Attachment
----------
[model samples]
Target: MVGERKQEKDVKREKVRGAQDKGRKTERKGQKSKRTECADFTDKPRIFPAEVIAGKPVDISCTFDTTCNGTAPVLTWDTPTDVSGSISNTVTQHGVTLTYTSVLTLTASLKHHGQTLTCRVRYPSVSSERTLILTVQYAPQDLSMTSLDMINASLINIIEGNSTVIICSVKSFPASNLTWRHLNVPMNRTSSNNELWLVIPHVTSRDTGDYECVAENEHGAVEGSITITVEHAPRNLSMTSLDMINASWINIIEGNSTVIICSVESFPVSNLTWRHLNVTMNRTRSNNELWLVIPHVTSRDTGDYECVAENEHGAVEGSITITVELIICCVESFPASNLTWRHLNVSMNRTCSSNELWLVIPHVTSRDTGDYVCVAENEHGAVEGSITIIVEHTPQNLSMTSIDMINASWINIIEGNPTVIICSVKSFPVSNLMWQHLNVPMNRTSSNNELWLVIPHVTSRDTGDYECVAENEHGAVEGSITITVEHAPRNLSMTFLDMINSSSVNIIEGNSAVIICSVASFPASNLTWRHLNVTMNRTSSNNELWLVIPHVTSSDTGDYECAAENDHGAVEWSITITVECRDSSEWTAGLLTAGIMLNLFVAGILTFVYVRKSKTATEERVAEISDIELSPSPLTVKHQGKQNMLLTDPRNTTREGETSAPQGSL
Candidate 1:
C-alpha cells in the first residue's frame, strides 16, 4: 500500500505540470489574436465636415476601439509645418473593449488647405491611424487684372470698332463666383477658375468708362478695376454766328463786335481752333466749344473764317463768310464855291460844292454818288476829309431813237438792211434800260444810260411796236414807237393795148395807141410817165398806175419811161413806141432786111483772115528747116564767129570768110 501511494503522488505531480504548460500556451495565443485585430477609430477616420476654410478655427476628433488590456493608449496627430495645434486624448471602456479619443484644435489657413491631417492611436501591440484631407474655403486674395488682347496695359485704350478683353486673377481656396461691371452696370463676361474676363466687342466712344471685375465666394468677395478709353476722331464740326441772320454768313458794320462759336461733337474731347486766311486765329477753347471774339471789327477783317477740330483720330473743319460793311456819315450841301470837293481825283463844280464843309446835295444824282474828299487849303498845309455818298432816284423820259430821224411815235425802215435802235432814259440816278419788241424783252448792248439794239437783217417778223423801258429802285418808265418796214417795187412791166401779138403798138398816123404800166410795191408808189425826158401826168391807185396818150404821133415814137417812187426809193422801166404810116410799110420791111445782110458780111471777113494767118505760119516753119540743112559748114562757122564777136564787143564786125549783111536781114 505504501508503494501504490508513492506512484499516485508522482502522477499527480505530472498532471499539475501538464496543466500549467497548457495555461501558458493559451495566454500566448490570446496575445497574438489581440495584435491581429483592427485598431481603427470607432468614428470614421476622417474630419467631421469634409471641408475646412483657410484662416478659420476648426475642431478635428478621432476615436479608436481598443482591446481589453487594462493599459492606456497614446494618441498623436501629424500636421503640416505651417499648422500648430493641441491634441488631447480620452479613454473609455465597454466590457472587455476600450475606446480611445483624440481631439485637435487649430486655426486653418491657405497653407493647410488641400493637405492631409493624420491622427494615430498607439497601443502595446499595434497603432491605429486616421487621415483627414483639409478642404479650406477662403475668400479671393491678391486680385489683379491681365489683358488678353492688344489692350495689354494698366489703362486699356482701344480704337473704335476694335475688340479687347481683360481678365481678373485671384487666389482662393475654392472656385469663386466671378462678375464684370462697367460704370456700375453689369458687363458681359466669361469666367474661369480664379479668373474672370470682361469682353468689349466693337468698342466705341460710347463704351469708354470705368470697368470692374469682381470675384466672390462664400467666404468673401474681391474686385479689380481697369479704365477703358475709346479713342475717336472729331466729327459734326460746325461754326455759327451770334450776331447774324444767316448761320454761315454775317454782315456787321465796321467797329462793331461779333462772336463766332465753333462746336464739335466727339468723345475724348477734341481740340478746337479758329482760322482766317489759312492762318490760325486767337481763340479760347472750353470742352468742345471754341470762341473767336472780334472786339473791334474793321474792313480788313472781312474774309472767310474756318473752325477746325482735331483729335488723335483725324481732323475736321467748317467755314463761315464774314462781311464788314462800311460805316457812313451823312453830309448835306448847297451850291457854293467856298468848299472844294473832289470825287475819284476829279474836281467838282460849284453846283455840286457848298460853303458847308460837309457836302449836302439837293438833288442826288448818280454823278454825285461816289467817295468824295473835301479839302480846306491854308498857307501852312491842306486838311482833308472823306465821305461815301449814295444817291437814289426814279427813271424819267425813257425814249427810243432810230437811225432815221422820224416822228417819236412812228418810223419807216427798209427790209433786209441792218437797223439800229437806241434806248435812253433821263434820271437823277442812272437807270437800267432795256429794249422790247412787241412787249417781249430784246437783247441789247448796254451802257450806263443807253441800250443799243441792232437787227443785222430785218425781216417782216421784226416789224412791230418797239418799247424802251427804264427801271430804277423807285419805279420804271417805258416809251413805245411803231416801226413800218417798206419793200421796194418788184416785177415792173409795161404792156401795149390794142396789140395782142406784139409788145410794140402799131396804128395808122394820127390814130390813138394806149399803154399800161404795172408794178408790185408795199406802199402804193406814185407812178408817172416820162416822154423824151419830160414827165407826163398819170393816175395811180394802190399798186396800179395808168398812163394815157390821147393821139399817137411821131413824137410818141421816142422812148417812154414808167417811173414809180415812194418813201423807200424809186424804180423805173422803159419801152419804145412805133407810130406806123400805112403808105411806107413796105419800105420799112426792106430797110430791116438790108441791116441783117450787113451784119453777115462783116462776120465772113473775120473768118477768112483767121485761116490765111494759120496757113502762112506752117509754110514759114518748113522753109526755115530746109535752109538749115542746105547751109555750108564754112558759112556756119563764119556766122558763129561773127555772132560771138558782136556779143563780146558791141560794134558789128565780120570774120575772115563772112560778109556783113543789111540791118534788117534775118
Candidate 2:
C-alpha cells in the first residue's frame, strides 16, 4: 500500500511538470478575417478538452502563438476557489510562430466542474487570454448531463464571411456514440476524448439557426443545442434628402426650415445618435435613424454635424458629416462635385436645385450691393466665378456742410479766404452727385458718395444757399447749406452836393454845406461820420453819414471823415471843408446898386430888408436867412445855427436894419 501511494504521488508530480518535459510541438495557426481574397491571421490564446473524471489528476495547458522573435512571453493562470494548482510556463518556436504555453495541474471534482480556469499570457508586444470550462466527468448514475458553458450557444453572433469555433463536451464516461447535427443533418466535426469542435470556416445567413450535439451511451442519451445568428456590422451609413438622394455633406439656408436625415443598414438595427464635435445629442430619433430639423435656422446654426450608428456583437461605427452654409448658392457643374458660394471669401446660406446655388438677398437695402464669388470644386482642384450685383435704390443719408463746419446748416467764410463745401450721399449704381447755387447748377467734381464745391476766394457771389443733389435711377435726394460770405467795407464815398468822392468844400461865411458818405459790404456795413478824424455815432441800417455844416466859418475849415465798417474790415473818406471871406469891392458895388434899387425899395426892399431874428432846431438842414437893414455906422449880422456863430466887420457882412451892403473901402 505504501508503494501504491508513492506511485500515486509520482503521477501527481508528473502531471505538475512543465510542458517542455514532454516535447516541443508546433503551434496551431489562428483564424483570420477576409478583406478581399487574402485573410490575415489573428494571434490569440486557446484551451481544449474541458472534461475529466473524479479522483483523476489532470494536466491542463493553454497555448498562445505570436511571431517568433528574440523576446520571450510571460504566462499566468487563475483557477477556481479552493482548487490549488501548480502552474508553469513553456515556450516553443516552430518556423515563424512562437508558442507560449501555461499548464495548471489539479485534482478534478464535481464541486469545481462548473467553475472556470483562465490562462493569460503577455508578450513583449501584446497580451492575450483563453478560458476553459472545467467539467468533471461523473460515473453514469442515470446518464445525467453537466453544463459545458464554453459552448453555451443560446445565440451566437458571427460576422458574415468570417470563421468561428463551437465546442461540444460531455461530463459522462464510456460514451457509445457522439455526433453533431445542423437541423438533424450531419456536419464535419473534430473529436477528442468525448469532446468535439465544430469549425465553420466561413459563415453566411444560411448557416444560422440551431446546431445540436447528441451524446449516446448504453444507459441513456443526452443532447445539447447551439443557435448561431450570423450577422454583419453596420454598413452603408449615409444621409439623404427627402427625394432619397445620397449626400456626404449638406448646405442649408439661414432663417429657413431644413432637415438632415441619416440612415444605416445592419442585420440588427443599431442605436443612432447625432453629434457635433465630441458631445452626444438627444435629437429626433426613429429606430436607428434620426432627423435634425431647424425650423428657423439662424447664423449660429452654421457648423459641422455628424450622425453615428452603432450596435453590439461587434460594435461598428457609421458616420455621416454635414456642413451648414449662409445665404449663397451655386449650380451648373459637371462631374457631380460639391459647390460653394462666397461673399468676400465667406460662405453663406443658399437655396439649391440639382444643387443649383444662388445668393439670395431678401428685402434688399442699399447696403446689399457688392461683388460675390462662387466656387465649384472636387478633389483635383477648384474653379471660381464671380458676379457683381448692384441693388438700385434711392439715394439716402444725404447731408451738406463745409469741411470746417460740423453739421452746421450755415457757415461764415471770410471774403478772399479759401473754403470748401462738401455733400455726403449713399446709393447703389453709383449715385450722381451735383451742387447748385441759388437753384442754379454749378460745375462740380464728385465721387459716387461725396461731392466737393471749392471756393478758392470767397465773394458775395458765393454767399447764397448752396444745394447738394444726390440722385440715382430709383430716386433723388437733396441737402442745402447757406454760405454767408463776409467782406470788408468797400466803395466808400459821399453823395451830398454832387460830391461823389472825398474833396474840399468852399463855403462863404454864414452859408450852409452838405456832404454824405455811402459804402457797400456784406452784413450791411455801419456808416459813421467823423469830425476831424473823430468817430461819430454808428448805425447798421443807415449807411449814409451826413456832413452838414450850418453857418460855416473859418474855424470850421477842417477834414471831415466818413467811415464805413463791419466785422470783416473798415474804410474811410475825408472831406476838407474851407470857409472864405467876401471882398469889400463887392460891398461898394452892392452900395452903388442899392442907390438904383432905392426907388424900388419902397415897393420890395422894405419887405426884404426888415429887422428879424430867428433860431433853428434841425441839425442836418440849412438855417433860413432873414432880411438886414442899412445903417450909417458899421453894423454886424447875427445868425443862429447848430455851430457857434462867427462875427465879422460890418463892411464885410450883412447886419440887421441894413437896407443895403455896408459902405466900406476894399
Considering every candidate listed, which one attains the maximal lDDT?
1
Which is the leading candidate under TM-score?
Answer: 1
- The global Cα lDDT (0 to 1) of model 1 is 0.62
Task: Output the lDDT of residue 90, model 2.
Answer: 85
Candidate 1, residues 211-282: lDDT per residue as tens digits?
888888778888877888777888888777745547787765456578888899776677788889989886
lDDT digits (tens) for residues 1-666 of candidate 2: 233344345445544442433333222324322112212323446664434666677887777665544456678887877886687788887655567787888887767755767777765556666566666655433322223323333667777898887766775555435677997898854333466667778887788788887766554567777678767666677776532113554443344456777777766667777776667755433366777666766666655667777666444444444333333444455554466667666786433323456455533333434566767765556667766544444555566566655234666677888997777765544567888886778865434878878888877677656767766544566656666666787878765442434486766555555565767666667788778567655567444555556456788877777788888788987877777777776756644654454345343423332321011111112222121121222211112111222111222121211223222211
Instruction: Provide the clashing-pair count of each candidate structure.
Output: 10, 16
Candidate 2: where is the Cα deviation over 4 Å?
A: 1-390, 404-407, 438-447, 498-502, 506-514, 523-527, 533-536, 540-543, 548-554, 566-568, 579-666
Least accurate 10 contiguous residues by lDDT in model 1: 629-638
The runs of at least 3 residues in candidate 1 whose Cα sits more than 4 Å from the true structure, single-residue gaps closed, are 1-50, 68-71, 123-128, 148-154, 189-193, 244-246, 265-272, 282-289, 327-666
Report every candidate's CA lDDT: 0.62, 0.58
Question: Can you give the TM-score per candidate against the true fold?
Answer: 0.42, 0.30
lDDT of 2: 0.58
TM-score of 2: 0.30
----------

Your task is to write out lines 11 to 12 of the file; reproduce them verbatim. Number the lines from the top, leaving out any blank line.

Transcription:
- The global Cα lDDT (0 to 1) of model 1 is 0.62
Task: Output the lDDT of residue 90, model 2.